Electrocaloric effect (ECE) is the temperature and entropy change in dielectric materials induced by applied electric field change. ECE is underpinned by the electric field-polarization coupling which is a very efficient energy conversion form, approaching 100% efficiency. However, the small ECE observed in dielectrics in the past (< 1.5 oC temperature change near room temperature) makes them not attractive for practical applications. Since 2008, we discovered and developed > 10X improvement in the EC cooling near room temperature in a class of relaxor polymer. Studies also show potential in generating large ECE in ferroelectric ceramics. Preliminary EC cooling prototypes show > 25% efficiency improvement over VCC based cooling.

In this breakout session, the panelists will discuss with the audience the potential of EC cooling, as well as critical barriers and challenges in transitioning the materials discoveries to practical and high performance EC coolers. In addition to higher efficiency, the compressor-free and compact size (to chip-scale) EC coolers may also provide solutions to cooling applications which are not possible with the current VCC based cooling. This topic will also be discussed.


  • Tom Radcliff – principal, Thermal Fluid Systems Innovations, LLC
  • Alex Ratner –  assistant professor of mechanical engineering, The Pennsylvania State University
  • Shihai Zhang – president, PolyK

Jose Duarte

Smart Cities

José Duarte
Stuckeman Chair in Design Innovation, director of the Stuckeman Center for Design Computing, The Pennsylvania State University


Dr. José Pinto Duarte is the Stuckeman Chair in Design Innovation and director of the Stuckeman Center for Design Computing (SCDC). An accomplished scholar with a record of innovative leadership, Duarte guides the ongoing research and direction of the SCDC. After obtaining his doctoral degree from MIT, Duarte returned to Portugal where he helped launch groundbreaking technology-oriented architecture degrees and programs in two different schools, as well as a digital prototyping and fabrication lab. Most recently, he served as dean of the Technical University of Lisbon School of Architecture (FA). Duarte has an impressive record of uniting academic research and industry, as well as fostering multi-national partnerships. He has served as president of eCAADe, a European association devoted to education and research in computer-aided architectural design. He also helped establish the MIT–Portugal program, and created the Design and Computation research group, which boasts a strong record of interdisciplinary and collaborative research efforts funded by the Portuguese Foundation for Science and Technology (FCT) and private companies.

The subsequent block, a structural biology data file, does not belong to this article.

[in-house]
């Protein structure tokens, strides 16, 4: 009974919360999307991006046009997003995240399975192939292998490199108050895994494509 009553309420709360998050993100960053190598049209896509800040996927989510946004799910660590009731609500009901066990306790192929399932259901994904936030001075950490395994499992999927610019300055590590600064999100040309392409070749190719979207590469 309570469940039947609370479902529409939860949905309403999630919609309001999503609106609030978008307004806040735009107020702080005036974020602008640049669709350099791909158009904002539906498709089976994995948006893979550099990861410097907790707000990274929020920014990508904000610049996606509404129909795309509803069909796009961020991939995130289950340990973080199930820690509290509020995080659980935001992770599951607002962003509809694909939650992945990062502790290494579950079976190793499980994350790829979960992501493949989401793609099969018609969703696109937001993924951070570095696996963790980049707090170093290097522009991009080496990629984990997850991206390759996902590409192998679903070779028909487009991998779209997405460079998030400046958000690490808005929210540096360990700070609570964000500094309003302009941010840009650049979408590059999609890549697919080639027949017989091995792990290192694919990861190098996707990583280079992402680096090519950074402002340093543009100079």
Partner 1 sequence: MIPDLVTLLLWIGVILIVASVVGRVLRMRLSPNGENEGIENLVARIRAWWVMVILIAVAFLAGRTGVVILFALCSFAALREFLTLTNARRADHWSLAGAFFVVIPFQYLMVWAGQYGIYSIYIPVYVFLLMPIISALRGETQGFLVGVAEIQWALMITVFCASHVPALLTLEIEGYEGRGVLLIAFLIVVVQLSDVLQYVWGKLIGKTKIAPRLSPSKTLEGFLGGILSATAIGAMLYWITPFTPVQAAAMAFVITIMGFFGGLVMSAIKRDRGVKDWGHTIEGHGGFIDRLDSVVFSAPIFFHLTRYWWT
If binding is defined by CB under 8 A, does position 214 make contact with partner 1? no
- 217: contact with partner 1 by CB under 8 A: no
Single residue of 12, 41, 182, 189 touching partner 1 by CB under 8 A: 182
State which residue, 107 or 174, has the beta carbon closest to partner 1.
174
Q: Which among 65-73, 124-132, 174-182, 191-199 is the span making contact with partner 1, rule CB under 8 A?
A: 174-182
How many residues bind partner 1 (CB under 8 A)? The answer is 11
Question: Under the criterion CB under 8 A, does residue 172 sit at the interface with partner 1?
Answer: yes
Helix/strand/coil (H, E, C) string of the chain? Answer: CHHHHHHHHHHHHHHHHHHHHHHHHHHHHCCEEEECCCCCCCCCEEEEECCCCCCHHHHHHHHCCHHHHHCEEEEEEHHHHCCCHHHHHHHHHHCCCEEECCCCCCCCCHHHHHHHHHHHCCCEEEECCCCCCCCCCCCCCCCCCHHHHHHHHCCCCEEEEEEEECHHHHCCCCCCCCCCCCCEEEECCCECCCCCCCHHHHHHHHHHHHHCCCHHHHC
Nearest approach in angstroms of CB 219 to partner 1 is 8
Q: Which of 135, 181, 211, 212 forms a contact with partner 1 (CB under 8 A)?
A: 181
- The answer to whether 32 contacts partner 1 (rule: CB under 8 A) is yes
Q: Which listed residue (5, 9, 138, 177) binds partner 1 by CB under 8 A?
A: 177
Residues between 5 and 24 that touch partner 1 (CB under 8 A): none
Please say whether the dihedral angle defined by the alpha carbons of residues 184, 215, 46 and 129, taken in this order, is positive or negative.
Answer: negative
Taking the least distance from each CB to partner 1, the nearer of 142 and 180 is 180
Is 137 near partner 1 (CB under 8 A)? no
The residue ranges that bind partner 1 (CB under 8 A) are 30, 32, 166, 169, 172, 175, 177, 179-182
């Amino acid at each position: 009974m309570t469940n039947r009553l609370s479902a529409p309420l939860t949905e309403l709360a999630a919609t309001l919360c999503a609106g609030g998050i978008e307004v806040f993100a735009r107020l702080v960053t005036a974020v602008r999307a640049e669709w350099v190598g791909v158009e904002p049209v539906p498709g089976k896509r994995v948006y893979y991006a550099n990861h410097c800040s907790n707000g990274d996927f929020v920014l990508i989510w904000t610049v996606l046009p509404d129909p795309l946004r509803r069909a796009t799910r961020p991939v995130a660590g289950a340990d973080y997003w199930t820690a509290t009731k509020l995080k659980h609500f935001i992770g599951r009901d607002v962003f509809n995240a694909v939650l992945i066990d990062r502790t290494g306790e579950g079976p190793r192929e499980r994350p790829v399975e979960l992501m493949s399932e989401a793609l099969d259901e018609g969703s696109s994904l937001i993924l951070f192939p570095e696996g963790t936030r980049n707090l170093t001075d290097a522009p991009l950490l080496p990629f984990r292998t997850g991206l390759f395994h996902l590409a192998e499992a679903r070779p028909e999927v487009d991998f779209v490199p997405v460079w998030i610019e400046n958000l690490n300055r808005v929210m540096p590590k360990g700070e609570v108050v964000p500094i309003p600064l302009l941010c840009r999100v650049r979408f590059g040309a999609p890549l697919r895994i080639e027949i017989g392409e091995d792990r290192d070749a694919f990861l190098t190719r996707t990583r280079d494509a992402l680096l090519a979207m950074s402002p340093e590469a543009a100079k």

His research interests are in the use of computation to support context-sensitive design at different scales from urban design to architecture and materials design. His latest research focuses on the additive manufacturing of concrete structures.


Smart cities refers to the use of digital technologies to improve the efficiency of cities and foster the well-being of their inhabitants. This session explores ideas and solutions to support this concept of smart city from a variety of perspectives. Some of the ideas to explore include: novel forms of planning, smart textiles and buildings, energy production and management, energy storage for electric vehicles, and autonomous vehicle performance and safety. The focus is on place-making, materials and related technologies.


Lisa D. Iulo, associate professor of architecture, The Pennsylvania State University


  • Shannon Redd –  government/education IoT specialist, Cisco
  • Felecia Davis –  assistant professor of architecture, The Pennsylvania State University
  • Raymond Gastil –  director, Department of City Planning City of Pittsburgh
  • Kent Larson –  princpal research scientist, MIT Media Lab

NOTE: Information subject to change.